I had a front-row seat on the uproar about hormone replacement therapy for menopausal women in the early-aughts. My mother was going through menopause right around when study findings indicated that HRT carried dangerous risks that outweighed the benefits - heart attacks, stroke and breast cancer among them. Since then, millions of women have sweated out their symptoms, thinking that seeking the help of hormones was a veritable death sentence.
Everyone's calmed down a bit, though, and further studies have been conducted. As this recent New York Times* story suggests, in the long run, it doesn't seem that HRT is associated with any increased risk of death. Some flaws in earlier studies have been corrected for and it looks like women suffering from their menopause symptoms should not hesitate to consider talking to their doctors about HRT options - because there are options. It's not a one-pill-fits-all scenario. Women with history of breast cancer and certain other conditions might not be good candidates for the most common HRT cocktail, but there are different dosages and delivery methods, such as vaginal inserts, patches and sprays, some of which don't even enter the bloodstream.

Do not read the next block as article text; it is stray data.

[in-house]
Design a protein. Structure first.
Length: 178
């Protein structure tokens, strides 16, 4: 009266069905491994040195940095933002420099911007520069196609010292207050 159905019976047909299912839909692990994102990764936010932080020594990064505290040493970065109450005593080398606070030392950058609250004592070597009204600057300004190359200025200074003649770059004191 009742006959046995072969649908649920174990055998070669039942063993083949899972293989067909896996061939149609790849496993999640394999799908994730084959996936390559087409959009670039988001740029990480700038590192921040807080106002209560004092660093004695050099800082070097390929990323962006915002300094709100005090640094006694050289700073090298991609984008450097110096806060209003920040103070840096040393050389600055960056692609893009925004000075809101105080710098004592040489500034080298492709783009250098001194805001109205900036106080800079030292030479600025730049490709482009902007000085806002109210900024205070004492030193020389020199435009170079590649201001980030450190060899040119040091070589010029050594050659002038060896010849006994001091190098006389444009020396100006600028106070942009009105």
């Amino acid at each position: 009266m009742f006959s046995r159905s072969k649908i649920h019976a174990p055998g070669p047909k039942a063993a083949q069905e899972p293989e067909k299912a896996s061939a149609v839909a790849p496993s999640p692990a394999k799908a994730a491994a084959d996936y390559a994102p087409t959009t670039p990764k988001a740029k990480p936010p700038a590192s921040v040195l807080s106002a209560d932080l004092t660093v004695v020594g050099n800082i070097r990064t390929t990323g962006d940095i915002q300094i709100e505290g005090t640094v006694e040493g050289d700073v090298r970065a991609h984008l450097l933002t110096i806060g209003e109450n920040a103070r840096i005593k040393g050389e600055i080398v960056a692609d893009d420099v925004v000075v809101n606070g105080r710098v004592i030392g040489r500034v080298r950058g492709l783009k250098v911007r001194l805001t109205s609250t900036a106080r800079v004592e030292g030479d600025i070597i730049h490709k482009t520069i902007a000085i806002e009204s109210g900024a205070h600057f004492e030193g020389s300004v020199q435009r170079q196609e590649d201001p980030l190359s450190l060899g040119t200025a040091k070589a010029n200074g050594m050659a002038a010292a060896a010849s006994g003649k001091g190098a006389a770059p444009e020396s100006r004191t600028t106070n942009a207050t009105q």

I have to say, having been privy to my mother's fears about HRT, I've always remained very wary of even considering it, but now that I'm in perimenopause myself, I plan to bring it up with my doctor soon. Menopause can put a serious ding in many women's quality of life, and it's exciting to know that most of us might not have to live with it.